It’s an odd but fortunate state for us here at the Recorder when we discover something we think is important to write about, only to find that in the time between getting the article idea and writing the article that its importance has grown.
A lesson I’ve learned in my four years in the comics world is that there is a multitude of people whose names never appear in large print on the covers of monthlies or graphic novels, but who command respect and are universally loved, people who have thousands of Twitter followers and hold court at hotel bars and after-parties at every convention. Two years ago in New York, I was very humbled to have what so far has been my only meeting with one of these people, Janelle Asselin (@gimpnelly).
Asselin, a project editor at action figure giant Sideshow Collectibles, previously was an editor for DC and Disney and has written at length about how hard it is to analyze both writing and art and then to make them both better. In our one brief encounter, it was clear to me how much Asselin loves comics and understands them in ways I never could, and equally clear how so many in the comics community adore her and seek out her opinion.
But not everyone loves Asselin and people like her.
One lesson I’ve sadly learned in four years in the comics world is how ready male fans can be to rail at female fans, accuse them of lacking proper nerd credentials or feigning their devotion to traditionally male-centric properties, and commit flagrant acts of sexual harassment. At my last convention, I was disgusted to see a soft drink company had shapely women passing out samples of a new soda in the crowded lobby, with a slogan involving the term “Big Cans.” I cannot bring myself to fully imagine what men might have said or physically gotten up to with these women when I wasn’t looking, and reports of aggressive and inappropriate behavior towards cosplayers emerged, as they frequently do.
Asselin, who knows market research well, took a wonderfully proactive step towards dealing with this state of affairs. She created a survey (which I took along with thousands of others) regarding sexual harassment in the comics industry and at conventions, trying to create a breakdown of what happens to people and with what frequency. At the same time she posted the survey, she wrote an article for Comic Book Resources titled “Anatomy of a Bad Cover” in which she meticulously–and with objective fairness–criticized the first issue of DC’s Teen Titans relaunch for having a cover which got almost everything wrong…again, picking up on subtleties people like me would never catch.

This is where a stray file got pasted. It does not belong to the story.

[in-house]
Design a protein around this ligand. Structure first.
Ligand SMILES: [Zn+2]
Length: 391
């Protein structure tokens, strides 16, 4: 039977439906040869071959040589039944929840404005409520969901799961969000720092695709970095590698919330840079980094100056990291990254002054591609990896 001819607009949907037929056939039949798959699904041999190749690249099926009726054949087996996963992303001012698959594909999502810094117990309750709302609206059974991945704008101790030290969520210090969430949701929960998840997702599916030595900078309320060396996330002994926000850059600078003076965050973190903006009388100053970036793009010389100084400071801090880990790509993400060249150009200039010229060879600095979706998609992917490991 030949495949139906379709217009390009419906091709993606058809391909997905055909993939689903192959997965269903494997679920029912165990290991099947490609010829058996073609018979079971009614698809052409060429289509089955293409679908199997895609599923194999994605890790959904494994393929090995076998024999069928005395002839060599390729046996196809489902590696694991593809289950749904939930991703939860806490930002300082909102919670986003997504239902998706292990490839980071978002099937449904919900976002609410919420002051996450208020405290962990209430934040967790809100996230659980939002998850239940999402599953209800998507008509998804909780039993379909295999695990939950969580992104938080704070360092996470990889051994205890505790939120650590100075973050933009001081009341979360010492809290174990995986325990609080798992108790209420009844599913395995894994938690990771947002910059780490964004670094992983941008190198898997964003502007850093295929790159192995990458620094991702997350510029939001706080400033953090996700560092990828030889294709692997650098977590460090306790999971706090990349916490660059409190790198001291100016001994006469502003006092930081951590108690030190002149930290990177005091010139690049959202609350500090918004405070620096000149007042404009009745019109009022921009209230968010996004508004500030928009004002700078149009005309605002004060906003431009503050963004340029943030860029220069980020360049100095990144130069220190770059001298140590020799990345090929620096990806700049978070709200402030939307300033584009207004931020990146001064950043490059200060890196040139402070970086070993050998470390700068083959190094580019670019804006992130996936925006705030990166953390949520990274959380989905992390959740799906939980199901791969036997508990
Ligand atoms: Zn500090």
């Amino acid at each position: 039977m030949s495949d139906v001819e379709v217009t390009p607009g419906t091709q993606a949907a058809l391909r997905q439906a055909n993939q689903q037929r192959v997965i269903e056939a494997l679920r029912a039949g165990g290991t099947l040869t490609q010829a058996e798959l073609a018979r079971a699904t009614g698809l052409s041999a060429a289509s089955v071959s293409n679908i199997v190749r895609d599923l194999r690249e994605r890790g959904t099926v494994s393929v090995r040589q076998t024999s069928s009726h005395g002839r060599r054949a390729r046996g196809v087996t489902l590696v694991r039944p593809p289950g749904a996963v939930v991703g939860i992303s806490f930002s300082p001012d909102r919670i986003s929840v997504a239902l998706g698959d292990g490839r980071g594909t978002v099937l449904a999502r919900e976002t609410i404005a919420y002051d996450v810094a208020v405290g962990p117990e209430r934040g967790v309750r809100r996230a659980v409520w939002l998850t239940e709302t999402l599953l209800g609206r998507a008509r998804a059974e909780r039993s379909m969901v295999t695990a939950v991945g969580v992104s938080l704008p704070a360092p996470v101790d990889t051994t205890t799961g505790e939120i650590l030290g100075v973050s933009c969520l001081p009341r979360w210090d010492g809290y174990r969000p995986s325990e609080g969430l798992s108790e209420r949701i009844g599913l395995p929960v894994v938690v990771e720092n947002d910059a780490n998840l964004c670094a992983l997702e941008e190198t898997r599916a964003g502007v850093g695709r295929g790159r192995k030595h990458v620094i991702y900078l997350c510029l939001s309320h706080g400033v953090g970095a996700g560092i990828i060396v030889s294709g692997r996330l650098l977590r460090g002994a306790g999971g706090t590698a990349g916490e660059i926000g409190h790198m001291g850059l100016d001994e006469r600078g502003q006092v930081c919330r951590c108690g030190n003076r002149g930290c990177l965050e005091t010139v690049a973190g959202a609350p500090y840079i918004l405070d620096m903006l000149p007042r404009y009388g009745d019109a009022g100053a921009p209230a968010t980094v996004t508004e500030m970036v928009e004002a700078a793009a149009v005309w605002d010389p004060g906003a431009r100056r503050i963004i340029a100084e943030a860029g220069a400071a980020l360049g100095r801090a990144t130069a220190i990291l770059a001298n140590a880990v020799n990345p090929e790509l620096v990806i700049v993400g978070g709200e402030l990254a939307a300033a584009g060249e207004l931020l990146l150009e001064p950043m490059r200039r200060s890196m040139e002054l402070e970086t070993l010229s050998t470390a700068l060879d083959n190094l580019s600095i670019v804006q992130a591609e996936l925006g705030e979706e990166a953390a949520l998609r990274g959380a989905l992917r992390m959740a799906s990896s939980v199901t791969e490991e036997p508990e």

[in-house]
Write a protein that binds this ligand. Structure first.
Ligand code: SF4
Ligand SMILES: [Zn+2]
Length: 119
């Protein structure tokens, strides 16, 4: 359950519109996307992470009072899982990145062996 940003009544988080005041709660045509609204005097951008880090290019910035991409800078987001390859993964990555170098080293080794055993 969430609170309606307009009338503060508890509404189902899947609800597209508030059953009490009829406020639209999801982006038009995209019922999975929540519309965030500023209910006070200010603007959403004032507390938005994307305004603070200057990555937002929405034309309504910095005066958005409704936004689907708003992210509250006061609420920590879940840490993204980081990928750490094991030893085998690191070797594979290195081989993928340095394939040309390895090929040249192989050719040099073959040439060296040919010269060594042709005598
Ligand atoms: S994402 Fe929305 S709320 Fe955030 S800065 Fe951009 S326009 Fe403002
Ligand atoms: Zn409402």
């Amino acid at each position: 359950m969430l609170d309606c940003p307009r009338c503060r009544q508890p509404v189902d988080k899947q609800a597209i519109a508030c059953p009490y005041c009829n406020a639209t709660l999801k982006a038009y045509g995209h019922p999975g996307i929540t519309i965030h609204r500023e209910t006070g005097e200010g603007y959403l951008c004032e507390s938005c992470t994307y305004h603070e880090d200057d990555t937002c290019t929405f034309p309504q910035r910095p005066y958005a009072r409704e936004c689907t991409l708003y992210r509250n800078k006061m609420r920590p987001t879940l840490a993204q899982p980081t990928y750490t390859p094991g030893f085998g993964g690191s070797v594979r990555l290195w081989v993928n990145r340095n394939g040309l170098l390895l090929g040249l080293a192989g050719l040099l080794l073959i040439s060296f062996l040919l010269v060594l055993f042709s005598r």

The reaction to this simultaneous release was a tempest not even Storm and the Weather Wizard combined could have concocted. Artists who had nothing to do with the cover went on the attack and called Asselin out for nit-picking, while pure fans filled comment threads for both article and survey with anger, misogynistic humor, and ultimately rape threats. Rape threats. At least one of which was a group rape fantasy involving Asselin and other female commentators, one of whom has been a friend of mine since my first book was published.
I want us to seriously think for a moment about a part of the entertainment world in which a woman bringing the skills we used for grad school term papers to objectively analyze art is getting rape threats as a result. I want us to think even more seriously for a moment about Asselin’s attitude towards these attacks, which is extremely admirable but also the worst commentary there is on what has happened to the comics world. In a piece for xojane about the threats, Asselin began by stating “Every woman I know who has any sort of online following gets harassed, and most of them get rape threats. It’s become part of doing business if you write online at all.” The implication, which was backed up in several other pieces, is that women enter public forums prepared to be threatened with rape, are now expecting it. This is akin to how our culture, in a great phrase fellow Recorder-writer Karen Martin taught me, teaches women how not to get raped instead of teaching men not to rape. This is the default setting.
Think about that and try not to weep.
Now that you have thought about it, here’s a happier thought: the outpouring in support of Asselin was magnificent, most hearteningly from men who brought their own vehemence in rallying to their side. Andy Khouri of Comics Alliance basically issued a challenge to men in the comics world to put a stop to this behavior, that we quit enabling others and acting in any way, shape, or form that could be interpreted as misogynistic. Greg Rucka, the genius behind Queen and Country and many DC and Marvel gems, took Khouri’s words further, stating that ANY attack on women, especially charges of fakery, should be seen as an attack on all our female colleagues, friends, significant others, wives, and daughters.